When the ore reaches the limit of the arc covered by the magnetic field it is no longer attracted, and takes on a tangential movement, which carries it away from the drum. It has now, however, passed the edge of the second apron, and, on leaving the first drum, comes within the influence of the magnet of the second drum, where similar operations are repeated, a portion being finally discharged as concentrate at c. The function of the second drum and magnet is to differentiate the product from the first drum into two portions, which may be conveniently designated as middlings, discharged at m, and concentrate, discharged at c. The middlings consist of particles of ore with adhering portions of gangue, which may require a little finer crushing to effect their mechanical liberation ; or, they may consist in part of iron compounds having a smaller degree of magnetic susceptibility than the pure magnetite. The separation of the middlings from the mass delivered to the second drum may be effected in two ways: If the drums have the same speed of rotation, a weaker magnetism in the second magnet will allow these less magnetic particles to drop away; or, if the magnets have approximately. the same force in the two drums, a higher speed of rotation of the second drum will throw these particles off by reason of the centrifugal force overpowering the centripetal magnetic attraction, the magnet having the smallest influence upon the leaner portions of the mass.
Modifications of this apparatus have been designed, which adapt it for use in conjunction with a stream of water mingled with the ore, so constituting a wet process.
In designing this apparatus, it has been assumed that, in order to separate effectively a mass of commingled ore and gangue, containing a large percentage of fine dust, positive and contending forces must necessarily be brought into active play.
The importance and special efficiency of the means provided for suppressing the movement and discharge, along with the ore, of the finer particles of gangue, and of the means for differentiating the product into several portions graded according to the percentage of iron in each portion, and its magnetic susceptibility, should not be overlooked. It is upon the application of these means that the ability depends to perform the critical operation of converting non¬Bessemer into Bessemer ores by the elimination of phosphorus-, sulphur-, and titanium-bearing compounds.
In the concentration of ores by the dry process the control of the dust developed in the rapid movement of large quantities of ore, is generally difficult. When the ore reaches this machine, the finer portions of the material are as readily and perfectly dealt with and separated as the coarser, the concentrates, however finely pulverized, being delivered from the machine in an absolutely clean condition, and free from non-magnetic dust and the dust carried away by the air-current being also as wholly free from any magnetic material.
The peculiar action of the ore in passing through the complex or multipolar magnetic field has already been described. Upon the mode of arrangement of the poles the efficiency of the apparatus largely depends. In this machine the magnetism of the field of attraction performs a two-fold function, viz., to attract the magnetizable matter of the ore and, as it is moved through the machine by friction upon the revolving drum, to turn it over and over so as to allow the gangue to fall away, and also to permit the air-current to take effect on all sides of every particle of the ore.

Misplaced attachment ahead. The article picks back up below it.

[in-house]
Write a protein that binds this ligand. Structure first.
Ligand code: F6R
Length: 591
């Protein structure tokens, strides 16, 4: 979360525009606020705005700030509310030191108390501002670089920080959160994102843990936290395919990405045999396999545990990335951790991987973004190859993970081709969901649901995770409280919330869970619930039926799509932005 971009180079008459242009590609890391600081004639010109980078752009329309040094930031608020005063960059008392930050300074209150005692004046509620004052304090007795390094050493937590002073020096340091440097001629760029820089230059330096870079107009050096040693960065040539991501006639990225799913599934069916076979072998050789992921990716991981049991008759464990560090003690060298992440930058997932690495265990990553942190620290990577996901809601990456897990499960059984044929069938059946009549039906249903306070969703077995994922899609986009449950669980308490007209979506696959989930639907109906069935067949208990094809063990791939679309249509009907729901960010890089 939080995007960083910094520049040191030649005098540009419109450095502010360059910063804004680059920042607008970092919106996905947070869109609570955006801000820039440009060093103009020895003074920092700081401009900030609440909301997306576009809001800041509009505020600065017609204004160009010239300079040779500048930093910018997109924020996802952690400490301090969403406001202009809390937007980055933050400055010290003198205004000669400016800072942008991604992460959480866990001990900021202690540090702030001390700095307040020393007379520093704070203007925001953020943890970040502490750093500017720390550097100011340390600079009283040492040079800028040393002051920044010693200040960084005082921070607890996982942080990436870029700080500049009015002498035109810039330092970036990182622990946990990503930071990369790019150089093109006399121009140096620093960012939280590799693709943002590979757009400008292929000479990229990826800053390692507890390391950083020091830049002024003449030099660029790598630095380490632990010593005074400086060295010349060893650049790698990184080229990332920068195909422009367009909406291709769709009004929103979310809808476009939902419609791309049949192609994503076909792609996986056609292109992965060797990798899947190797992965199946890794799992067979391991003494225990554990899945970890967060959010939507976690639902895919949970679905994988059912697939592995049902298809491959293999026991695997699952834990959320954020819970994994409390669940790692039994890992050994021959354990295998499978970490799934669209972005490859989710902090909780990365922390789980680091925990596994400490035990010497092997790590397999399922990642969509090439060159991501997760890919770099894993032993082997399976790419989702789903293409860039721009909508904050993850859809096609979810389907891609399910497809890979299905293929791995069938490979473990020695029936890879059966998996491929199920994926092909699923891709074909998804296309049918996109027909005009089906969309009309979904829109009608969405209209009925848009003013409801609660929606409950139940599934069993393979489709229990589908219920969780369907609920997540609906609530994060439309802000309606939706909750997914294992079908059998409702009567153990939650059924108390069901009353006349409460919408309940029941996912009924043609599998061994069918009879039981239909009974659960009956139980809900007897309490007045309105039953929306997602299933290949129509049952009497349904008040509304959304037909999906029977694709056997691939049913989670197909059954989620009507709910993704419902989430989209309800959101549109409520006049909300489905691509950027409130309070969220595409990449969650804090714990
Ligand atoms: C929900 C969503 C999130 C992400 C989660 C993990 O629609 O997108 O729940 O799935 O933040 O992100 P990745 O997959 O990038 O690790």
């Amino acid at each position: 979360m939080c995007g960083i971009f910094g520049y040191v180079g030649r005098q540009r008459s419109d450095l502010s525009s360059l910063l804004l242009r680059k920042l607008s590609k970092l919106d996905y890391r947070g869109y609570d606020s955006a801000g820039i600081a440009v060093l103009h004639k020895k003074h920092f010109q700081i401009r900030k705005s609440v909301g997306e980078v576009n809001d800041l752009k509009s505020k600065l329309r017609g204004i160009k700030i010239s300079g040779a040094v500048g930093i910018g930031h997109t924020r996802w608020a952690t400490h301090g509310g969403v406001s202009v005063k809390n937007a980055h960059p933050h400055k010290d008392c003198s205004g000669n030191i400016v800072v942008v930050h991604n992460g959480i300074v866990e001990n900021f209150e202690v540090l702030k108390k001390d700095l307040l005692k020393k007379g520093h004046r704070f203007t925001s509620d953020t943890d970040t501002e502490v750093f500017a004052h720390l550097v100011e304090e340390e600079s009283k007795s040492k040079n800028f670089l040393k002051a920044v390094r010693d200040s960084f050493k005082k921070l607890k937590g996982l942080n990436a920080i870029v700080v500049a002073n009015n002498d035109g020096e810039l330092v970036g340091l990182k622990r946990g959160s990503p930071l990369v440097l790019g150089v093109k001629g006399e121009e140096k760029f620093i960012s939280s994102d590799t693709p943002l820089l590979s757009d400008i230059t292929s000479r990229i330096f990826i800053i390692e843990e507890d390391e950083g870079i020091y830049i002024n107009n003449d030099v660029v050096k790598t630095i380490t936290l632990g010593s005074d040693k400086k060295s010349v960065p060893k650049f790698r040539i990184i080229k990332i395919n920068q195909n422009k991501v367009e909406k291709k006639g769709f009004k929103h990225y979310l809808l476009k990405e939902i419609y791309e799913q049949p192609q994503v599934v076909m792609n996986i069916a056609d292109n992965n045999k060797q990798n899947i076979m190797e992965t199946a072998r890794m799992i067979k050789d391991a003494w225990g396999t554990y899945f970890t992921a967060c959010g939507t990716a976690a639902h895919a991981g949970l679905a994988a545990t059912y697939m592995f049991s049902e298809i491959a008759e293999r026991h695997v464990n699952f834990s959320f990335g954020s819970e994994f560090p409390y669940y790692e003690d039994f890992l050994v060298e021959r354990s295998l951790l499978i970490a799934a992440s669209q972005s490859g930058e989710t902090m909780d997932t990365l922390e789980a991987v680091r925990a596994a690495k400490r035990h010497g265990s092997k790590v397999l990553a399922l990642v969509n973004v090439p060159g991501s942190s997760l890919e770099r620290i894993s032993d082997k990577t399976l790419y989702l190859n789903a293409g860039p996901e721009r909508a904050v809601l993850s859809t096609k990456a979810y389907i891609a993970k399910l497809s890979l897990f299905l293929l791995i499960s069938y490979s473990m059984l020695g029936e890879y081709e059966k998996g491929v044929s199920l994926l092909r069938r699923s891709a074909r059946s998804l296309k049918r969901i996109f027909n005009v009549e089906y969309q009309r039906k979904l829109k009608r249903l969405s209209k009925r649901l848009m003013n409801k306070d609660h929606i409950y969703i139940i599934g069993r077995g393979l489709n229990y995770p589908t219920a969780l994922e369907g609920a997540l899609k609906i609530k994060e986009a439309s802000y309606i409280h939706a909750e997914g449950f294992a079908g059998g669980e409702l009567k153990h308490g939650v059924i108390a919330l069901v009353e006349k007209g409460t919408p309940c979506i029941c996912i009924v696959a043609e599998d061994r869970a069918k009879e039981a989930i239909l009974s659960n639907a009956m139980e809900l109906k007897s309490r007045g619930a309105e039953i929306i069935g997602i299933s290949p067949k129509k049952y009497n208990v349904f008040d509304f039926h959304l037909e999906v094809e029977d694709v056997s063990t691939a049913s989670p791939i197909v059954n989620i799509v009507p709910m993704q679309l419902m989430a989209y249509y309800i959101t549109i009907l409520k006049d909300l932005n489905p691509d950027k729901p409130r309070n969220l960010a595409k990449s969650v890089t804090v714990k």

If the importance of this operation is once recognized, it will be readily understood that there can be only one possible efficient arrangement of the poles, and that it is not a matter of indifference whether they conform to to this or some other plan.
The positive character of the functions above enumerated renders it possible to make an effective separation under the conditions of a very heavy supply of ore to the machine. The easy working- capacity of a machine having drums of 24 inches diameter and 24 inches working-face is from 15 to 20 tons per hour of ore granulated to pass 16- to 20-mesh screens.
The power required is from 1 to 1½ horse-power in electricity for each drum, and ½ to ¾ horsepower to drive the machine.
These machines have been applied to the treatment of a considerable number of ores with results shown in the appended tables. The most remarkable of these was the conversion of Port Henry Old Bed ore into a Bessemer ore, carrying Fe, 71.10; P, 0.037. This concentration was made from the crude ore, carrying Fe, 58.7; P, 2.25; the Bessemer concentrate representing about 65 per cent, of the original mass.
An earlier type of this machine was in use during nearly the whole of the year 1889, at Benson Mines, St. Lawrence county, N. Y., concentrating the lean magnetite mined there, which in the crude ore carries about 40 per cent. Fe, and is above the Bessemer limit in both phosphorus and sulphur. The concentrated product found a market at Pittsburgh, Pa. The analyses in Table A show the general character of the results; those in Table B, the results obtained there with the improved machines of the later type; and the analyses in Table C, the results of latest concentrations.
The new works at this mine (a detailed description of which it is hoped may be offered at a future meeting) are provided with crushing-machinery having sufficient capacity to crush daily 800 to 1000 tons of ore, sized to 16-mesh and finer, and the separation of this quantity of ore is to be effected at the outset with three separators of the type represented in Fig. 1, having a working-face on the drums of 24 inches.
In the minds of some persons who have been studying the general subject of ore-concentration, and employing the apparatus hitherto available, inability to convert some of the well-known ores high in phosphorus and sulphur, such as Port Henry Old Bed, Little River, Croton, etc., from non-Bessemer into Bessemer ores, has led to the inference that some as yet undiscovered refinement of preparation was essential to their successful treatment. The entirely successful and economical management of these ores with this machine has proved that the essential matter in the problem was to provide a separator that would separate ore that had been properly prepared. The preparation of any particular ore being wholly dependent upon its physical and chemical characteristics, its final separation would depend upon the efficiency of the separator, which would constitute the last and supporting link in the chain of operations. It is believed that this machine offers a practical solution of the problem of concentrating magnetic ore such as has not been hitherto provided.